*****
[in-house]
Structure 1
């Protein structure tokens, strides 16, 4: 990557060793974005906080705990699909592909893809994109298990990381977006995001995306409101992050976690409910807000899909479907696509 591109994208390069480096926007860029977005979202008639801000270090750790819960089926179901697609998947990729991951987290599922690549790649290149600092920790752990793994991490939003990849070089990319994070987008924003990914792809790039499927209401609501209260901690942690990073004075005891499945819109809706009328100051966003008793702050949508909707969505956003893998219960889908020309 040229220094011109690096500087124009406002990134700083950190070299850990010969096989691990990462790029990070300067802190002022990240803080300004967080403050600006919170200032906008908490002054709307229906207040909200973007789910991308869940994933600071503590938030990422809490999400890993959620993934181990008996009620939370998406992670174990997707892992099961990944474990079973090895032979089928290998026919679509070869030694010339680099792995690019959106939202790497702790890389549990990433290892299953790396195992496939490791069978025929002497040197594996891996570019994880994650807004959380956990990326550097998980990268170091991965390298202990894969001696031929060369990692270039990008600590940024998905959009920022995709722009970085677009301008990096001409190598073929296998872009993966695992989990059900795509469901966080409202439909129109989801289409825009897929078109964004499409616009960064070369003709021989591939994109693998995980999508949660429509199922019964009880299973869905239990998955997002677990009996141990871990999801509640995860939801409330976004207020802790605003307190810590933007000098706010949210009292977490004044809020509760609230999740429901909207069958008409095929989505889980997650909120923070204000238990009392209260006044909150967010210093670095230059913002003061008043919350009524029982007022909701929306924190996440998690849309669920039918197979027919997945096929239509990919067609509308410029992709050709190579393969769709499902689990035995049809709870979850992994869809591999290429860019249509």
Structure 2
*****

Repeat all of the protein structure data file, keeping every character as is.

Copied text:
[in-house]
Structure 1
């Protein structure tokens, strides 16, 4: 990557060793974005906080705990699909592909893809994109298990990381977006995001995306409101992050976690409910807000899909479907696509 591109994208390069480096926007860029977005979202008639801000270090750790819960089926179901697609998947990729991951987290599922690549790649290149600092920790752990793994991490939003990849070089990319994070987008924003990914792809790039499927209401609501209260901690942690990073004075005891499945819109809706009328100051966003008793702050949508909707969505956003893998219960889908020309 040229220094011109690096500087124009406002990134700083950190070299850990010969096989691990990462790029990070300067802190002022990240803080300004967080403050600006919170200032906008908490002054709307229906207040909200973007789910991308869940994933600071503590938030990422809490999400890993959620993934181990008996009620939370998406992670174990997707892992099961990944474990079973090895032979089928290998026919679509070869030694010339680099792995690019959106939202790497702790890389549990990433290892299953790396195992496939490791069978025929002497040197594996891996570019994880994650807004959380956990990326550097998980990268170091991965390298202990894969001696031929060369990692270039990008600590940024998905959009920022995709722009970085677009301008990096001409190598073929296998872009993966695992989990059900795509469901966080409202439909129109989801289409825009897929078109964004499409616009960064070369003709021989591939994109693998995980999508949660429509199922019964009880299973869905239990998955997002677990009996141990871990999801509640995860939801409330976004207020802790605003307190810590933007000098706010949210009292977490004044809020509760609230999740429901909207069958008409095929989505889980997650909120923070204000238990009392209260006044909150967010210093670095230059913002003061008043919350009524029982007022909701929306924190996440998690849309669920039918197979027919997945096929239509990919067609509308410029992709050709190579393969769709499902689990035995049809709870979850992994869809591999290429860019249509």
Structure 2